The Competition in Contracting Act of 1984 (CICA) requires contracting agencies to include cost or price as a factor that must be considered in the evaluation of proposals. 41 U.S.C. sect. 253a(c)(1)(B) (2006); Electronic Design, Inc., B-279662.2 et al., Aug. 31, 1998, 98-2 CPD para. 69 at 8; see Federal Acquisition Regulation (FAR) sections 15.304(c)(1), 15.305(a)(1). An evaluation and source selection that fail to give meaningful consideration to cost or price is inconsistent with CICA and cannot serve as a reasonable basis for award. The MIL Corp.. B-294836, Dec. 30, 2004, 2005 CPD para. 29 at 9. It is up to the agency to decide upon the appropriate method for evaluation of cost or price in a given procurement, although the agency must use an evaluation method that provides a basis for a reasonable assessment of the cost of performance under the competing proposals. S.J. Thomas Co., Inc., B-283192, Oct. 20, 1999, 99-2 CPD para. 73 at 3.

Here, the record shows that NOAA did not assess the realism of the firms' hourly labor rates, as required by the RFP. See RFP sect. M.3. Rather, the record shows that the agency's price evaluation was driven by a mechanical comparison to the IGCE of the offerors' proposed prices for the sample tasks, without any consideration of the realism of the rates used in the sample task pricing.

Realism of IMSG's Labor Rates

As noted above, NOAA concluded that IMSG's proposed price for the sample tasks, which was [deleted] percent less than the IGCE for those tasks, was unrealistically low and that, as a result, there was a risk that IMSG would not be able to retain quality staff at its proposed ceiling rates. See AR, Tab 15, Source Selection Decision, at 7. This judgment, however, was not based upon IMSG's proposed loaded hourly labor rates. As required by the RFP, IMSG provided cost information for its loaded labor rates (as did the other offerors) that, for each labor category, identified a wage rate, indirect costs rate, and profit. IMSG explained in its price proposal that the wage/salary rate for each labor category reflected a "[deleted]" wage/salary for that category, based upon such wage rates as those of [deleted]. Protester's Price Proposal, Cost Proposal Methodology and Bases of Assumption, at 1.

The record does not show that IMSG's labor rates for the labor categories included in the sample tasks were significantly lower than the rates contained in the IGCE. In fact, with respect to sample task two (the largest of the sample tasks), IMSG's total price (based upon its year-1 loaded ceiling rates) would appear to be $[deleted], compared to the government's estimate of $[deleted] for this task. In this regard, it is unrebutted in the record that IMSG made a mathematical error in adding its proposed rates, resulting in a sum that was approximately $400,000 lower than the actual sum of the listed rates. Even applying the agency's simple analysis of comparing the firms' total proposed price for the sample tasks to the IGCE, IMSG's total proposed price, if corrected for the mathematical error, would have been within [deleted] percent of the IGCE.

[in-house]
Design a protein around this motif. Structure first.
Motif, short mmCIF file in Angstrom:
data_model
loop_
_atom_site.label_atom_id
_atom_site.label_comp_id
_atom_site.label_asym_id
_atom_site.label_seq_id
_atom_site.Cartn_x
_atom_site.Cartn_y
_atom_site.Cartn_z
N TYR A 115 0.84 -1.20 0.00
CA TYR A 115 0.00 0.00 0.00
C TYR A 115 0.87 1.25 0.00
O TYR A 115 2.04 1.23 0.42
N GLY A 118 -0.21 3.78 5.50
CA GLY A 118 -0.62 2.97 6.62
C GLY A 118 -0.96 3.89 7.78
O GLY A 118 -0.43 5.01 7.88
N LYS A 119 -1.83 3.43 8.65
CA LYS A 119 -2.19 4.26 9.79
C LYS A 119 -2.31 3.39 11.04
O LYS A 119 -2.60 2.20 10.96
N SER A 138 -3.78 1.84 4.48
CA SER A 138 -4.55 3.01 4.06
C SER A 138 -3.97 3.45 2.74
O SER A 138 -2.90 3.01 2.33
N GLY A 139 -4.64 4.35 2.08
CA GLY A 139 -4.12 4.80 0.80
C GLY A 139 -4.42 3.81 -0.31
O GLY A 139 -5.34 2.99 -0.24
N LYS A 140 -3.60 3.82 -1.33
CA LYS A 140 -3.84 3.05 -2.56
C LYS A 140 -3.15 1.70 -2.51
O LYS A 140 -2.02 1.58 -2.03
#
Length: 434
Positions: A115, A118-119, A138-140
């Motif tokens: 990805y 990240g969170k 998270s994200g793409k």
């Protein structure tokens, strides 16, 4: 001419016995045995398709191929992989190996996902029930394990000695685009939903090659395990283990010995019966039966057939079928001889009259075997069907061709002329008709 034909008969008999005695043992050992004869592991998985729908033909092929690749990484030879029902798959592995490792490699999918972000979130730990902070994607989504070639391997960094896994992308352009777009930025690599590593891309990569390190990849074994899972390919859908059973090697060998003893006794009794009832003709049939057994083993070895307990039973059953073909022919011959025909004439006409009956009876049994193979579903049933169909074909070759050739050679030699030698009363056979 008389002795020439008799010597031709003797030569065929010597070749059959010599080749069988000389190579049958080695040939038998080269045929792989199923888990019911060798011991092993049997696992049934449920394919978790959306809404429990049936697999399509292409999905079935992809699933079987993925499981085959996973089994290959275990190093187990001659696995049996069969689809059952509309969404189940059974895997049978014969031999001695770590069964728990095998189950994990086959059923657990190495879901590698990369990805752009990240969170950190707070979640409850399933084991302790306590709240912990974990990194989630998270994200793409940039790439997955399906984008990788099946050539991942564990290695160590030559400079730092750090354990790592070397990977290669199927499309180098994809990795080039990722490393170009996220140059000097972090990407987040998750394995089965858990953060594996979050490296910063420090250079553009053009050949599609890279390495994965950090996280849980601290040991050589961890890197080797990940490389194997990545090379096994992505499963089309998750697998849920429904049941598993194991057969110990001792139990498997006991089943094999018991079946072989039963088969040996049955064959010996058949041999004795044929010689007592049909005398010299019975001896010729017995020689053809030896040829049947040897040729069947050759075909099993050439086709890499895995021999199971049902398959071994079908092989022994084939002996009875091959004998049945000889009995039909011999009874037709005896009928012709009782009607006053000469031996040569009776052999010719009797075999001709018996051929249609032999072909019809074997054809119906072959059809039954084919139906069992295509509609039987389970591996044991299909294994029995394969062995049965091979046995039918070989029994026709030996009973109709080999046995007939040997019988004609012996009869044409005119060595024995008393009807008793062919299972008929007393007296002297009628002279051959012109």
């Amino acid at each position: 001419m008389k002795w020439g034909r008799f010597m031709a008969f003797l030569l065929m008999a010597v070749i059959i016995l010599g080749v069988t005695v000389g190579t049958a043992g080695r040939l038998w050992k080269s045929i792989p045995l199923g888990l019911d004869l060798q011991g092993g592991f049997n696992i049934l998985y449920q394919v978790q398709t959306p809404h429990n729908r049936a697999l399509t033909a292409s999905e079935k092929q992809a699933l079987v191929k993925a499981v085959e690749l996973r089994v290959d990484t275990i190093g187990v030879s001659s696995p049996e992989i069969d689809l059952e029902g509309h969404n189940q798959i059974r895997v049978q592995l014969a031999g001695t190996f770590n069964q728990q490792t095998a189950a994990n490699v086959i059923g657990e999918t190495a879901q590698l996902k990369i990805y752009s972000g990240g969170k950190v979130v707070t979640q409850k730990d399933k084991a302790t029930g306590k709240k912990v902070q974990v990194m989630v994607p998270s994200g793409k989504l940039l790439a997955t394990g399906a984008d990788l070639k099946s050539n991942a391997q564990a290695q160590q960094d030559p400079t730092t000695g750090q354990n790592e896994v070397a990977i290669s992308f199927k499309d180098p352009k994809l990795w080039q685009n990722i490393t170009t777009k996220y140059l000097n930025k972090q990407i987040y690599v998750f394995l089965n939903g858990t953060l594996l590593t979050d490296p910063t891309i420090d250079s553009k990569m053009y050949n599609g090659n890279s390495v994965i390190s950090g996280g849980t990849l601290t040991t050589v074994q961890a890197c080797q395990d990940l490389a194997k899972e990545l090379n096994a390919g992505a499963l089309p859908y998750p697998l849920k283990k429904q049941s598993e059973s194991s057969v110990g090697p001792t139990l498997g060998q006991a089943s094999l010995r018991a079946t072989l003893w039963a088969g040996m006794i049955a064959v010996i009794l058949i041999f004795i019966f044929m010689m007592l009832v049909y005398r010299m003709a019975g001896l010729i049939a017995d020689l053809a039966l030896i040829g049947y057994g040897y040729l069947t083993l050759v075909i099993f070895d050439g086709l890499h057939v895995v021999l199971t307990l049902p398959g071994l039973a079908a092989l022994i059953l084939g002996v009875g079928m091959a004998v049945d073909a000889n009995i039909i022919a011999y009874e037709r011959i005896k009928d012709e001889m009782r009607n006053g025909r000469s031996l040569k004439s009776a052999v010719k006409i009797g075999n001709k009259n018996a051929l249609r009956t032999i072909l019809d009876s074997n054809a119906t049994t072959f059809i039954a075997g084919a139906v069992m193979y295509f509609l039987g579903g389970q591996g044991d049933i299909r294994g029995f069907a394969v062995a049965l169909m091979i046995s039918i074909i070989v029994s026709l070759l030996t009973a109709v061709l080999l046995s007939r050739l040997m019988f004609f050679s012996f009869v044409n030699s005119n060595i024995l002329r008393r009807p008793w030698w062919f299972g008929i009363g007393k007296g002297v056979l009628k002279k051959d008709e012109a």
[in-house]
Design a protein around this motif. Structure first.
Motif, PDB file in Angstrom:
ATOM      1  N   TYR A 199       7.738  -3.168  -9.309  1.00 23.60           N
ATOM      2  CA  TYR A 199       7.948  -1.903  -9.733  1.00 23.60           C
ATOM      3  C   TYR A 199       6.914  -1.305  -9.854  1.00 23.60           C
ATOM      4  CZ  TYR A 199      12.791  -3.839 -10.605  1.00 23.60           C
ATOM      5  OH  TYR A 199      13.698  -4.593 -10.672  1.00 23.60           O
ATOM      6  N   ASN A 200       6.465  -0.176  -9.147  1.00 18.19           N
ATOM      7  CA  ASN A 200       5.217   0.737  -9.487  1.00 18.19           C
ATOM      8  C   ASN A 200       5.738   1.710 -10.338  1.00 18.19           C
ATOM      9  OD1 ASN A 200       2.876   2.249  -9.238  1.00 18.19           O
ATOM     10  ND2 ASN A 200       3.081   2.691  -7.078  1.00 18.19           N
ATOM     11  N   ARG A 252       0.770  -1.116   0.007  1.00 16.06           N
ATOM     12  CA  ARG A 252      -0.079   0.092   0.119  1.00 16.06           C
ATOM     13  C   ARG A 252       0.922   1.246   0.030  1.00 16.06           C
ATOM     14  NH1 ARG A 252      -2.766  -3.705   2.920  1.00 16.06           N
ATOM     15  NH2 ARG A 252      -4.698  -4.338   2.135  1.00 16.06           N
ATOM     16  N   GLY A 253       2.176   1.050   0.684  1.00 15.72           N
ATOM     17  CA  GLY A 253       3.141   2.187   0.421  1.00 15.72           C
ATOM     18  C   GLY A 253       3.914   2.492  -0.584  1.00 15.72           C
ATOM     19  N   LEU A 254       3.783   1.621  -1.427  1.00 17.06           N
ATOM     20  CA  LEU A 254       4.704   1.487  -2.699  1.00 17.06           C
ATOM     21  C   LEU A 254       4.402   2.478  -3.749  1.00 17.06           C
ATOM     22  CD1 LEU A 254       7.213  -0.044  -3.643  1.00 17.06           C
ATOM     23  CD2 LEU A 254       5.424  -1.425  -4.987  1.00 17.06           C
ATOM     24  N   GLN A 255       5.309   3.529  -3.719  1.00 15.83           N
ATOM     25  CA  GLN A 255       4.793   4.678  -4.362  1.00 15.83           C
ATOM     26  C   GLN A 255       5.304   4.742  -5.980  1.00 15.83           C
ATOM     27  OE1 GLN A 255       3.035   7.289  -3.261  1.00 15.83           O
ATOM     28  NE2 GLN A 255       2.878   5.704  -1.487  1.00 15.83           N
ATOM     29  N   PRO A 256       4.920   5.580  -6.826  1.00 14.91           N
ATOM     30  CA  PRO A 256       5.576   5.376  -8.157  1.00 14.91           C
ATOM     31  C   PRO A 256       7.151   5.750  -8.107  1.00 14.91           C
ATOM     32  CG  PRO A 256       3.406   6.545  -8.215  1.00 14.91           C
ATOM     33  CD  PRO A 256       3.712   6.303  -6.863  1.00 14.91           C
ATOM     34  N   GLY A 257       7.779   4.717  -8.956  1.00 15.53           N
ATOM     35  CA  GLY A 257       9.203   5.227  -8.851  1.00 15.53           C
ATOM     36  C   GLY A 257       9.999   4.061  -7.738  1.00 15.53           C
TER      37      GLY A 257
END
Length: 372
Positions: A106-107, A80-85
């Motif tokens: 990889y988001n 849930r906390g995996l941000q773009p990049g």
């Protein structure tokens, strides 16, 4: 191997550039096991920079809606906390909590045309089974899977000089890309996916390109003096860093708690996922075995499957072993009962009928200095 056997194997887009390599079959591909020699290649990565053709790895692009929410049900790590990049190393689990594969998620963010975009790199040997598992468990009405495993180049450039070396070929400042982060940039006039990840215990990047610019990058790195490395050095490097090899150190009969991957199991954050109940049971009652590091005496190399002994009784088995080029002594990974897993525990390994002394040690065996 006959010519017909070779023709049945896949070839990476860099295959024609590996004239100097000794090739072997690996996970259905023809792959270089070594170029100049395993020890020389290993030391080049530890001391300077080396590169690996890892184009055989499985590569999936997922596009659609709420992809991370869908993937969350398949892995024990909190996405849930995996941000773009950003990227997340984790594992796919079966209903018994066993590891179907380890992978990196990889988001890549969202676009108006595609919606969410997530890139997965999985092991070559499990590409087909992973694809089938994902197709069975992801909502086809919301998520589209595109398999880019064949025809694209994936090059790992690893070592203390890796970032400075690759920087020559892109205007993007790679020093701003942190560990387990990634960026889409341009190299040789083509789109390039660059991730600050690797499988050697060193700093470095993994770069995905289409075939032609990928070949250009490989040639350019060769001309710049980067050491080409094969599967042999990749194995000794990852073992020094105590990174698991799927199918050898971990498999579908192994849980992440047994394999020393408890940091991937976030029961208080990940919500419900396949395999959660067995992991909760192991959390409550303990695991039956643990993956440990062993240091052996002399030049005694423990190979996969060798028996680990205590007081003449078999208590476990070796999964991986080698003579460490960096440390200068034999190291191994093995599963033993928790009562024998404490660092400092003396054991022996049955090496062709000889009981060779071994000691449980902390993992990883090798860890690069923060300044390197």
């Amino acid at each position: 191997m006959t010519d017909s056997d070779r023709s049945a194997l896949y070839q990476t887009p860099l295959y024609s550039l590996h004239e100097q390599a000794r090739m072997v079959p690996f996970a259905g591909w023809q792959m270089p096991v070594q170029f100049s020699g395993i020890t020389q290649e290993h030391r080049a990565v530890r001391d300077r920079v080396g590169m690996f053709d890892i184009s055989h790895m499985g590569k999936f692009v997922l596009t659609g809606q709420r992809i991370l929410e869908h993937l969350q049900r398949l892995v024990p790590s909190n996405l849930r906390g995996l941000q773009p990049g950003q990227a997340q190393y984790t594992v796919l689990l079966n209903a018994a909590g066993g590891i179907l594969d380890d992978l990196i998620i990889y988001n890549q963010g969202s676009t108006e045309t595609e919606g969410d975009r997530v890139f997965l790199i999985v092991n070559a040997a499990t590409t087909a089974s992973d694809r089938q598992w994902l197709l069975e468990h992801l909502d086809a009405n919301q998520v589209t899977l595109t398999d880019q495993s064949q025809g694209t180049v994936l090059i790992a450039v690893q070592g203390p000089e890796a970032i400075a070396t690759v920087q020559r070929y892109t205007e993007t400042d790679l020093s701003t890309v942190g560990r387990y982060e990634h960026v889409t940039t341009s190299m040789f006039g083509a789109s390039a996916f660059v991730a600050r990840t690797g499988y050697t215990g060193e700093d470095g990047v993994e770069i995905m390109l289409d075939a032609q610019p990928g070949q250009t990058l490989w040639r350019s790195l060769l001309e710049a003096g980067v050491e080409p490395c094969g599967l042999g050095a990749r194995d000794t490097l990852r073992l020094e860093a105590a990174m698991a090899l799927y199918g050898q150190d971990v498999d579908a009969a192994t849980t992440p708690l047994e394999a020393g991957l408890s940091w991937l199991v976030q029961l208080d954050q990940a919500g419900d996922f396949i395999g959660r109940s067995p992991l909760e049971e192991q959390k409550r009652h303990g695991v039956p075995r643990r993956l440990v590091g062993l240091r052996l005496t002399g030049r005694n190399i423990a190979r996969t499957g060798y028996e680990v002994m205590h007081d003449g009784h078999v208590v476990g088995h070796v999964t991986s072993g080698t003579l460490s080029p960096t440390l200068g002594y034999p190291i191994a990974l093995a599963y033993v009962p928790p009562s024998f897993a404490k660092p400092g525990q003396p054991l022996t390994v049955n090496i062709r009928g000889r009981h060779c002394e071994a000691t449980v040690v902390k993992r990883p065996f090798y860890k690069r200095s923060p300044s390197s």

Here, the RFP provided for a realism evaluation of the firms' proposed loaded labor rates and requested cost information that would allow for such an analysis. NOAA did not perform such an analysis of IMSG's price or rates. That is, in determining that IMSG's price was unrealistically low, such that the firm may not be able to retain quality staff, NOAA did not assess whether IMSG's labor rates were too low, but simply assumed that this was the case without analysis. In this regard, the agency did not evaluate the wage rates that IMSG identified for each labor category or consider IMSG's explanation in its price proposal for how it calculated those rates. In the absence of such an analysis, we cannot say that the agency's conclusion that IMSG's price was unrealistically low was supported by the record.

Realism of Awardees' Labor Rates

We also find that NOAA failed to reasonably assess the realism of the awardees' proposed loaded labor rates.

As described above, the RFP established an evaluation scheme under which the agency would consider the sum of the offerors' ceiling rates over the five-year contract period and the sum of their prices for the four sample tasks. Although the RFP also provided for adding these two sums together, as the agency recognized, the sum of the ceiling rates was insignificant in comparison to the sum of the sample task pricing. See Supp. CO's Statement at 10. The record shows that NOAA's judgments concerning the realism and reasonableness of the offerors' proposed prices were determined by the offerors' sample task pricing.

Here, all the awardees' sample task pricing was based upon the use of discounted labor rates. RTI's proposed prices for the sample tasks were, in particular, based upon labor rates that were substantially discounted from the firm's ceiling rates. For example, under sample task two, RTI identifies its ceiling rate for a scientific analyst III as $[deleted] but the discount rate it applied for this labor category is $[deleted]. According to RTI's price proposal, the firm's price for sample task two based upon its ceiling rates is $[deleted] million as compared to $[deleted] million for its price based upon its discounted rates. See RTI's price proposal at 15.